FLSA. Like state employees, federal employees are protected by the FLSA. But, a separate

28 U.S.C. § 1871

(b)(1), provides for the compensation of federal jurors; and, more
important, the compensation for federal jurors is less than minimum wage.

should apply.2 But as the district court explained, the factors in Welch were used to determine who,

among many, was the plaintiff's employer—not whether an employment relationship existed at all.3

        "Jury service is a duty as well as a privilege of citizenship; it is a duty that cannot be shirked

on a plea of inconvenience or decreased earning power." Thiel v. Southern Pac. Co., 

328 U.S. 217



66 S.Ct. 984

, 987, 

90 L.Ed. 1181

 (1946). This duty and privilege does not amount to

employment. See generally North Carolina v. Setzer, 

42 N.C.App. 98


256 S.E.2d 485

, 488 (1979)

("[J]ury duty is not a form of employment....").

       We see the relationship between Plaintiff (and those similarly situated) and Dade County as

the district court did. The district court described the true relationship of jurors to the county:

       Jurors are completely different from state [or county] employees. Jurors do not apply for
       employment, but are randomly selected from voter registration lists. Jurors are not
       interviewed to determine who is better qualified for a position; the State summons all
       available persons who meet the basic requirements.... Jurors do not voluntarily tender their
       labor to the state, but are compelled to serve. Jurors are not paid a salary, rather they receive
       a statutorily mandated sum regardless of the number of hours worked. Jurors are not eligible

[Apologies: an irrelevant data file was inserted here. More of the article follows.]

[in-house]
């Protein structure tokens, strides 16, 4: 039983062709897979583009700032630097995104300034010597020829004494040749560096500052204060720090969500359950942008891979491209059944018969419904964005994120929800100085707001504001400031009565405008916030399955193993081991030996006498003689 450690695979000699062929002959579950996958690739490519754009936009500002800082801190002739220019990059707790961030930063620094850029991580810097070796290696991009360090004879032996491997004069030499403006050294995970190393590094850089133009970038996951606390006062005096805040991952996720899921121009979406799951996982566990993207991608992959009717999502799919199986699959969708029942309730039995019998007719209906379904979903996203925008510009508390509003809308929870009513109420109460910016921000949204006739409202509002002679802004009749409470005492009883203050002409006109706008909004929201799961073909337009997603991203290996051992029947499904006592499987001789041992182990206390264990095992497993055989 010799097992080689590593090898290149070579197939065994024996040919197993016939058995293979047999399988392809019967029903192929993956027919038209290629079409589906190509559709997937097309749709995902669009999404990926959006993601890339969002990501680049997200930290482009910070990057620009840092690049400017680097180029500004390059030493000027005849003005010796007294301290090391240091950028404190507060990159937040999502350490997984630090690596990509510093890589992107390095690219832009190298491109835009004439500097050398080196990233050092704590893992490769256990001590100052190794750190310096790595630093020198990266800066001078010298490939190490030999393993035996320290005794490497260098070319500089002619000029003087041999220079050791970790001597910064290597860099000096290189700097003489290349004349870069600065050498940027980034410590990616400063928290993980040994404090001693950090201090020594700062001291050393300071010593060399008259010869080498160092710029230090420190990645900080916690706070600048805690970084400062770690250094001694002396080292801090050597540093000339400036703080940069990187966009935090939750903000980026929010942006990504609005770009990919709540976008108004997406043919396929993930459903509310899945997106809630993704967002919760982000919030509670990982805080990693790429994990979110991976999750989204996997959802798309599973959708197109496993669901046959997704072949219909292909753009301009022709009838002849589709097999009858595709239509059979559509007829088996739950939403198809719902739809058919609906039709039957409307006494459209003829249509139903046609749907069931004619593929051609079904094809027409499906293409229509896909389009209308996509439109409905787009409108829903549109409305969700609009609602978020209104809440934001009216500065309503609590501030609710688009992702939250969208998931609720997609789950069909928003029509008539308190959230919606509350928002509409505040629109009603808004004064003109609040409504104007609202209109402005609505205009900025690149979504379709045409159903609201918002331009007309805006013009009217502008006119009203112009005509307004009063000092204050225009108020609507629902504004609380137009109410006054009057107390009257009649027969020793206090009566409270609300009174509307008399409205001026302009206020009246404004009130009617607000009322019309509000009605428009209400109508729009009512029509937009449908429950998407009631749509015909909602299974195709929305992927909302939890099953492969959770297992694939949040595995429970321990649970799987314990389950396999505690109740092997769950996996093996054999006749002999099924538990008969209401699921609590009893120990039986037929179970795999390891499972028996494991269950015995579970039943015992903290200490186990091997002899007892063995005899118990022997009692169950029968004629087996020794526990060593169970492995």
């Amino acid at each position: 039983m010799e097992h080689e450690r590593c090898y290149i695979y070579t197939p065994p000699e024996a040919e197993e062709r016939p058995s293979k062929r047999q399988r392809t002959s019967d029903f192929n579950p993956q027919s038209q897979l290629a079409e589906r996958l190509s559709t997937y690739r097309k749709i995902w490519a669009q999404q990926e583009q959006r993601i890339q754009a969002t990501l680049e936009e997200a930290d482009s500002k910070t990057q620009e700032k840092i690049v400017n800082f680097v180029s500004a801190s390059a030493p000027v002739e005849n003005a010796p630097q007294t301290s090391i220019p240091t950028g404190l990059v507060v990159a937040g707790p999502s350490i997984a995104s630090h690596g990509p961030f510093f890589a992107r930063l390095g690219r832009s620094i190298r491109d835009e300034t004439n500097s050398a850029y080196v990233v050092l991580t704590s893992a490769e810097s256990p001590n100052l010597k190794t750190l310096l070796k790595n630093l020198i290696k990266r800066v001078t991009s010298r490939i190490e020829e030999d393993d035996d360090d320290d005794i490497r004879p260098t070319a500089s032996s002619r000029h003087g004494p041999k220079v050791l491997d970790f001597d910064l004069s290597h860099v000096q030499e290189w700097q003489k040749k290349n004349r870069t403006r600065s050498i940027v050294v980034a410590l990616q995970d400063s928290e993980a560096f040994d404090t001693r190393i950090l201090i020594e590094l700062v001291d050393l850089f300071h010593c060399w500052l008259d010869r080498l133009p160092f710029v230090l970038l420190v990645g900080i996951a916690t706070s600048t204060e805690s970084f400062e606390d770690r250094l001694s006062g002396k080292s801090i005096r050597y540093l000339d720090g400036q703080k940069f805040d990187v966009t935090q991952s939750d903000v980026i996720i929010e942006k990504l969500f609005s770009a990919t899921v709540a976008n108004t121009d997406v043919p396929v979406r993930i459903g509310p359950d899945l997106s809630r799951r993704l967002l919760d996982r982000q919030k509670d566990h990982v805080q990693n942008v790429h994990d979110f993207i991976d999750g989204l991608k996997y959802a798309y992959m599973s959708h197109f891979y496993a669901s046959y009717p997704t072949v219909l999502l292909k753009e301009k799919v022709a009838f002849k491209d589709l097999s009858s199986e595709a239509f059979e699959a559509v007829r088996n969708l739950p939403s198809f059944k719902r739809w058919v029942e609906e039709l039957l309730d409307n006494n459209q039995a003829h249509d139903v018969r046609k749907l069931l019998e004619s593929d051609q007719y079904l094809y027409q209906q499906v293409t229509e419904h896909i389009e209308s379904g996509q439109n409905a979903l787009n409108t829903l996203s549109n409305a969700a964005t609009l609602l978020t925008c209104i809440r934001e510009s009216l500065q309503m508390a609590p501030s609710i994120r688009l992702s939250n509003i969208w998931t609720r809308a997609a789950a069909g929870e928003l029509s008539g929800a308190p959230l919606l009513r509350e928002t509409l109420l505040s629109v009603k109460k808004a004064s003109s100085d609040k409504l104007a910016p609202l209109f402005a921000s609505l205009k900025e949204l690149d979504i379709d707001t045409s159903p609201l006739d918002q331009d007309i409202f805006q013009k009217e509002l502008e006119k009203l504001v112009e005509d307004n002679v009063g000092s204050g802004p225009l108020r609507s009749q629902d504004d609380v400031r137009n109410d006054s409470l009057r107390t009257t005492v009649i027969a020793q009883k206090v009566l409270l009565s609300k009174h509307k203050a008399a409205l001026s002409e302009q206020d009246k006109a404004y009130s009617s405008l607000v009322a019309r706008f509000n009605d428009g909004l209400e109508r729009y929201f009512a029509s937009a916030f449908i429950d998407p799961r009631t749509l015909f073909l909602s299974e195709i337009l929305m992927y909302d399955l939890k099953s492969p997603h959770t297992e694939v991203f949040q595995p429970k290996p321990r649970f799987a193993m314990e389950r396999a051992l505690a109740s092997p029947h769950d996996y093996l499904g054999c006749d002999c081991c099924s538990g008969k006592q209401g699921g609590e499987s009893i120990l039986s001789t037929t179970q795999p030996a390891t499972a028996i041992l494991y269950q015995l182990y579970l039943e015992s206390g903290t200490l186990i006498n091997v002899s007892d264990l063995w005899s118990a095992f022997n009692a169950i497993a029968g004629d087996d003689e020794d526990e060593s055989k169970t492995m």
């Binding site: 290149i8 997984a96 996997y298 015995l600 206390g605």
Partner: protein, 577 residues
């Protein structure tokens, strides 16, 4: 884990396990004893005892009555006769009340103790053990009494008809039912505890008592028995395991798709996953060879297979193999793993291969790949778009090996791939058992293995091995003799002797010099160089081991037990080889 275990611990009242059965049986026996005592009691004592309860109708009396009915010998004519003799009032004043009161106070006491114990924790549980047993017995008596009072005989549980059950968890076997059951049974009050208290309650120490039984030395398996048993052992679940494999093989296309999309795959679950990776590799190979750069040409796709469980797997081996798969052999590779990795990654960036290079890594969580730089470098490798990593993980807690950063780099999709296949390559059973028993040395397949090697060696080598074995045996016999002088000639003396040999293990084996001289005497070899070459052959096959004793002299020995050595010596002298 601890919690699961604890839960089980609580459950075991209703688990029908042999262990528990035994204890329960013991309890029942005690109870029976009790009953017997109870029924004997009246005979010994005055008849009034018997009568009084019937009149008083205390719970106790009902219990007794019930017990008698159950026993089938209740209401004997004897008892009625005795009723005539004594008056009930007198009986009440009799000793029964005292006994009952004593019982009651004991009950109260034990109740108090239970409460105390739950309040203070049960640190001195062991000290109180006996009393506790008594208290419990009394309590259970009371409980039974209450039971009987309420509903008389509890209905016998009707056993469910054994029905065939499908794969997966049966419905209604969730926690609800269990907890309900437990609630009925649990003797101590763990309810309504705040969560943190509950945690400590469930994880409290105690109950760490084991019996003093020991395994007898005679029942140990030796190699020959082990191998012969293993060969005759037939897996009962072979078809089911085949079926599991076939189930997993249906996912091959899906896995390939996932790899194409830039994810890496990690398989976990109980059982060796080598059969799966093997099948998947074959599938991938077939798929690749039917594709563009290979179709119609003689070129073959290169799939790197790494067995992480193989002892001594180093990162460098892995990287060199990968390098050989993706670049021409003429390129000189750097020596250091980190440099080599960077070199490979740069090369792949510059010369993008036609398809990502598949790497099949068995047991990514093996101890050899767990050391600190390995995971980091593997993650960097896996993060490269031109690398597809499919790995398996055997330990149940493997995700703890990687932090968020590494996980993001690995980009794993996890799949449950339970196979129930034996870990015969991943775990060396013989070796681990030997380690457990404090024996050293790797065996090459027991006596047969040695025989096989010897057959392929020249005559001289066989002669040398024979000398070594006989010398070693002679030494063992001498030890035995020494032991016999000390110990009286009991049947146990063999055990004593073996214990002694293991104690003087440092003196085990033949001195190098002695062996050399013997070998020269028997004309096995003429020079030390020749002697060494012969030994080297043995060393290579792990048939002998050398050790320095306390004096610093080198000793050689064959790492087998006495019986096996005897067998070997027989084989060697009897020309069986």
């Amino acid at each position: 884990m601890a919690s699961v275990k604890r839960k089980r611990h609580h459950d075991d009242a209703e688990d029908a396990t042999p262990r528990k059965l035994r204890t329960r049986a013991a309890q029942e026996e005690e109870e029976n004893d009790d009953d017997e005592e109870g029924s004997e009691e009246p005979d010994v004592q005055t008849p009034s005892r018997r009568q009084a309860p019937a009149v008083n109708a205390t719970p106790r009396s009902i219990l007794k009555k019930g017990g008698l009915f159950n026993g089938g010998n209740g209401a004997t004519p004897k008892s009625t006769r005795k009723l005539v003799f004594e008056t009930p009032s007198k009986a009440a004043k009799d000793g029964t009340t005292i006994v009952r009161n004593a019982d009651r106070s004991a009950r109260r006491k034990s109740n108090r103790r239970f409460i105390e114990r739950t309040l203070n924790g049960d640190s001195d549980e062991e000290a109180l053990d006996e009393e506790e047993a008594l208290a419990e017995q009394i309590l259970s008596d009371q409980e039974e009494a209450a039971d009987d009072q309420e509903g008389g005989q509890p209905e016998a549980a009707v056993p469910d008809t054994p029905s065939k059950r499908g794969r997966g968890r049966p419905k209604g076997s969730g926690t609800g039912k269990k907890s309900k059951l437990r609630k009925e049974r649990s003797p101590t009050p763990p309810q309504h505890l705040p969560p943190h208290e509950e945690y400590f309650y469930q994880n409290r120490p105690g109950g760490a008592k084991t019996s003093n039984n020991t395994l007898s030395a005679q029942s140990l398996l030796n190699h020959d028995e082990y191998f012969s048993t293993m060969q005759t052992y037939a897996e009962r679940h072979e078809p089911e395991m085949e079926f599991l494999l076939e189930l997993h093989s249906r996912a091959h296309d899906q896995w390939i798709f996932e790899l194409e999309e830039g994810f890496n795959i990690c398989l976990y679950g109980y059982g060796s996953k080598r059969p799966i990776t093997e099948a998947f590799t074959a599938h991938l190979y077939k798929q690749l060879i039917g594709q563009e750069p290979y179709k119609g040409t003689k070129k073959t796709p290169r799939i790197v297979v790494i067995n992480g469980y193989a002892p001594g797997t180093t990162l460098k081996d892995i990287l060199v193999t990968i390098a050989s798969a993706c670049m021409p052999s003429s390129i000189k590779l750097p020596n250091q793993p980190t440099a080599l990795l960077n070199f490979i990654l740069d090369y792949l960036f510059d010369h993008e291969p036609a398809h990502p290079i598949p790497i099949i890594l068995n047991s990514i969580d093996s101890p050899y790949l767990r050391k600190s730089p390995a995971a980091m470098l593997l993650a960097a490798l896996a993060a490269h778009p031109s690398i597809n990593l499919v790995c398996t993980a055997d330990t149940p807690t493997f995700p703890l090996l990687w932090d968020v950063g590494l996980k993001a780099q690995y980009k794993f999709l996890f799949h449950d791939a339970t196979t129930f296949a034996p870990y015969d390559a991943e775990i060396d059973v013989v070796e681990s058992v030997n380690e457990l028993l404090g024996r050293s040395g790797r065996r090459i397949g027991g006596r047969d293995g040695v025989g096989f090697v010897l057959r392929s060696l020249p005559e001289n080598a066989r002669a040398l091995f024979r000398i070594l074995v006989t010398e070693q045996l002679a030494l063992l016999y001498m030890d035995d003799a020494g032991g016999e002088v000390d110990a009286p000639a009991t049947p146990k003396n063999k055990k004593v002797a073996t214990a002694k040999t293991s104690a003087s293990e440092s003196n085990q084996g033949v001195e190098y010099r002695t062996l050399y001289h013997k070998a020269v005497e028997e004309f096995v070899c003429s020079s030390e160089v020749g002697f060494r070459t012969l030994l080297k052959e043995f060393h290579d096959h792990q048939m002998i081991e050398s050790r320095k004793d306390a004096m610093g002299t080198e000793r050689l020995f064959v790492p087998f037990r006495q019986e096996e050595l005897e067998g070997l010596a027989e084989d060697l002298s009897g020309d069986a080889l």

for employment benefits, do not accrue vacation time, annual or sick leave and do not
       qualify for health or life insurance. The state does not have the power to fire jurors for poor
       performance, but must accept their verdict. In short, there is no indicia of an employment
       relationship between state court jurors and Dade County.

    On appeal, Plaintiff argues that the analysis in Antenor v. D & S Farms, 

88 F.3d 925

Cir.1996), should apply to this case. But the factors used in Antenor specifically apply to
determining whether a farmworker is jointly employed by two or more produce growers. See

88 F.3d at 932

. Antenor involved no question about whether an activity was
employment at all, but involved a decision on who, among many, was the employer.
     Even using the factors set out in Welch, Plaintiff probably loses. The factors of whether the
employer exerted control over the employee and whether the employer had the power to hire and
to fire lead to the conclusion that Plaintiff was not employed by Dade County. Dade County
could not hire or fire Plaintiff as a juror and could not exert much control over Plaintiff in how
she performed the duty of juror.

District Court Order at 7-8; see generally Johns v. Stewart, 

57 F.3d 1544

, 1558-59 (10th Cir.1995)

(using similar considerations such as lack of application by plaintiff for employment, lack of sick

or annual leave, no job security, no Social Security or pension benefits). We agree with the district

court's analysis of the circumstances. No employment relationship existed in this case; and, thus,

Plaintiff is entitled to no minimum wage under the FLSA.